Wednesday, September 04, 2002

Classical Education
Gosh! The very moment I foreswear blogging, this comes along! Classical Education. Now I REALLY will stop posting...unless something comes up.
Because of the pressures of beginning the school year at home and at the seminary I'm going cease posting for a few days. I'll miss you, too!
On a more personal note...
We academics actually have our own version of the "substitute x for personal holiness" trick mentioned in the previous post. We tend to substitute the generation of "great" ideas (or blog entries) for the performance of acts of love. We get wrapped up in our projects and act like beasts to those closest to us. I know of people, for instance, who have paid for their Ph.D. programs in theology with a divorce. This is a clear example of disordered priorities. I think those warnings in The Imitation of Christ against intellectual pride are right on. What good does it do to be able to define a virtue if you aren't living a virtuous life?

Tuesday, September 03, 2002

Diamond in the Rough
Forrest Gump is not a consistently great movie and I’m not sure what it really stands for, but one scene stands out as a true analysis of the relationship between personal holiness and the struggle for justice. I’m thinking of that scene at the Vietnam rally on the Mall in which the radical boyfriend of Gump’s childhood friend smacks her and blames it on anger at the poverty, violence and injustice in the world. The wisdom of the Church, and the best argument against the worst of liberation theology, is that the promotion of justice cannot be accomplished by those who are not pursuing personal holiness.

Walker Percy points out in Lost in the Cosmos, that in Nietzchean America, when all commitment to the truth is jettisoned, all that is left is the power of violence and lust. If we are under the sway of violence or lust, our efforts at improving society will ultimately lead to an equally unjust, if not more unjust replacement. That is one of the reasons it is an act of social justice to fight pornography, premarital sex, adultery, and other abuses of human sexuality.

The other reasons it is an act of social justice to fight sexual misconduct is that an act of sexual impropriety itself is a social sin as well as personal one. When I was in college (1977-81) I had a couple of friends who conceived a child out of wedlock. They were told by a priest that, considering all the poverty, violence and injustice in the world, what they did wasn’t so bad.

In once sense, this is true. Even the Church Fathers considered Anger to be a greater sin than Lust, primarily because of their anthropology. Lust issued from a lower part of the body, Anger from the middle part, and Pride from the mind. So Pride was the worse sin. Still, Lust is one of the Capital Sins.

At any rate, at the time my faith was completely unformed, after umpteen years of CCD and religion in Catholic high school, so I didn’t know how to respond. I have come to believe, however, that every abuse of our sexual powers is not only a personal sin, but a time bomb that explodes in the fabric of society. Adultery, for instance, is an act of social injustice.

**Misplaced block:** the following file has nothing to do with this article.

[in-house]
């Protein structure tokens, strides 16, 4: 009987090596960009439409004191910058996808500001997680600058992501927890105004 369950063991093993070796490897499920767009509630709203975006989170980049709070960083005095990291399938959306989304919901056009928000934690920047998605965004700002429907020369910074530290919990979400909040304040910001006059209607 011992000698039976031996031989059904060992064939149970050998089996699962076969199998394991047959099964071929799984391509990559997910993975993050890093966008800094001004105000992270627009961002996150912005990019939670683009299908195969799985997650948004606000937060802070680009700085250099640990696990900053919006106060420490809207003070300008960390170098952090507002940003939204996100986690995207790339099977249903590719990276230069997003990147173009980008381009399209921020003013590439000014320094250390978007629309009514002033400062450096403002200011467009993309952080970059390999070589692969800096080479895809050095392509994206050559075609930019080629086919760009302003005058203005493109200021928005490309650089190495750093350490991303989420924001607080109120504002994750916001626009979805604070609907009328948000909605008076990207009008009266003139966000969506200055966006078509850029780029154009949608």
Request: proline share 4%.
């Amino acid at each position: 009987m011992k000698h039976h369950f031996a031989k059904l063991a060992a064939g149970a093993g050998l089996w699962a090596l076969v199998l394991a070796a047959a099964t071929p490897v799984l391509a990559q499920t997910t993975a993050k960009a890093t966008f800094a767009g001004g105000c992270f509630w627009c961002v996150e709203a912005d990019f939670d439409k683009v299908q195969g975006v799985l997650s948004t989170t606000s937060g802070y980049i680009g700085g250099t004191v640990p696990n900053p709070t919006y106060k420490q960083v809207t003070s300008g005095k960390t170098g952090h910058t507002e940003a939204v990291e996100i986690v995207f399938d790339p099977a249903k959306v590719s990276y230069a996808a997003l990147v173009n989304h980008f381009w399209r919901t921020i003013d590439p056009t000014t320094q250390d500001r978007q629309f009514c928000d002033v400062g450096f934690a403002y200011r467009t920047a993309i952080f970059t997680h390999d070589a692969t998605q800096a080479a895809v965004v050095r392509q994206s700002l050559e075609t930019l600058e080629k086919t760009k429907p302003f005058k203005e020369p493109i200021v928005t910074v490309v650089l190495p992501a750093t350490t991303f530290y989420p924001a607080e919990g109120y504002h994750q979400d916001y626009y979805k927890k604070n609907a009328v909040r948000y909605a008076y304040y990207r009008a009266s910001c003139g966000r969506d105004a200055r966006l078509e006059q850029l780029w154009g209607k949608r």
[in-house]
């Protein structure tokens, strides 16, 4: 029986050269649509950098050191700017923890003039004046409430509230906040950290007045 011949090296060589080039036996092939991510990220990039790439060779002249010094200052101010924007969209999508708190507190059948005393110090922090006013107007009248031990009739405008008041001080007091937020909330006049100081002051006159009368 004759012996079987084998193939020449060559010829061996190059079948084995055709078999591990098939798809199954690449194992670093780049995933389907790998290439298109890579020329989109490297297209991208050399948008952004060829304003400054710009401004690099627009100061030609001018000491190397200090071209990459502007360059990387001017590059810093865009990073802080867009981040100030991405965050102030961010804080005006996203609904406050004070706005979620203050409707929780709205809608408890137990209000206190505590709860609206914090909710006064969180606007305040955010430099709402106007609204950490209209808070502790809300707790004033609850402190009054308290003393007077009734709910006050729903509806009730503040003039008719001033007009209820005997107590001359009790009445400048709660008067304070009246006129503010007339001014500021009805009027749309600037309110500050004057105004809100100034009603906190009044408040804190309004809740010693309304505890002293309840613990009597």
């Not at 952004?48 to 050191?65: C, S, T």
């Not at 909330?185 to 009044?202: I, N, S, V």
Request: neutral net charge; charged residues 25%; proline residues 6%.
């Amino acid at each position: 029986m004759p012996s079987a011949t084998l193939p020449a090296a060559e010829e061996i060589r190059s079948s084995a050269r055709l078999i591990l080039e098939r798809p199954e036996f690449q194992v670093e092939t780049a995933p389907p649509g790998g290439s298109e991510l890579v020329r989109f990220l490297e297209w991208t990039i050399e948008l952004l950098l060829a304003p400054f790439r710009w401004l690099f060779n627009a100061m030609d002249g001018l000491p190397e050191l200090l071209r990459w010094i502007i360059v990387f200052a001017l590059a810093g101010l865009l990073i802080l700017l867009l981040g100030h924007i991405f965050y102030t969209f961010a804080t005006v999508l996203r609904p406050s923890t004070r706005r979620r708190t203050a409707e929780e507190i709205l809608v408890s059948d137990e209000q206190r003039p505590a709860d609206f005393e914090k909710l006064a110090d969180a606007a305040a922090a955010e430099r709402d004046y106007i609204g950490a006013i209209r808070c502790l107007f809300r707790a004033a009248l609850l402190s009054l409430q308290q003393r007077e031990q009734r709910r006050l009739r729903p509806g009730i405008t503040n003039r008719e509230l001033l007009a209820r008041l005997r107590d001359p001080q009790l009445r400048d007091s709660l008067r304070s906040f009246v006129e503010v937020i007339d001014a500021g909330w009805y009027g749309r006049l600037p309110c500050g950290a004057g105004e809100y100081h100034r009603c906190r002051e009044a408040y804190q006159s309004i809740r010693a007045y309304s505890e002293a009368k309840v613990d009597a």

As a result, the government, in its efforts at promoting the common good, has a vested interest in regulating sexual activity (even if sexual sins can never be eliminated). That is why, for instance, divorce should be made difficult. Society has an interest in all but truly abusive or fictitious marriages staying together.

Note: I am not simply equating divorce with adultery. Obviously some divorces are justified on a civil level. Adultery never is. But I do believe that divorce is a blight on American society and should be inoculated against at every opportunity. The best way, of course, is to promote truly holy marriages through adequate preparation, not only just prior to the marriage, but throughout the education of the young by home and school.

Of course, anger and the resulting violence are equally, if not more inimical to the pursuit of justice than lust and sexual sin. If we fall easily into anger and violence, we not only put our friends and neighbors in danger, but run the risk of ruining our efforts at promoting justice.
What ties your guts in a knot?
One thing reading about the patristic period is how seriously they took Trinitarian theology. All that business about processions and homoousion was not just an academic exercise, but seemed to be a matter of life and death, something which occupied their whole hearts, not just their minds.

Also noteworthy is the prominence that bishops played in the development of doctrine. They didn't just hang out in the wings and wait for professional theologians to duke it out, then "approve" of the winner after the fact.

In our day what seems to exercise people the most are liturgical questions, esp. those having to do with "inclusive" language. Grrrr. See? My stomach is in a knot already? There is a connect, however: the language used in the liturgy has to do not only with theological anthropology (What is man?) but, as Hans Urs Von Balthasar has pointed out, with the doctrine of God. What does it mean to call God Father? Mother? Parent?

Will future generations look at the liturgical battles of our era and thank God for the doctrinal developments that come from them? Will they see bishops taking the lead and actually courageously teaching the true faith in the name of Christ? Inquiring minds want to know.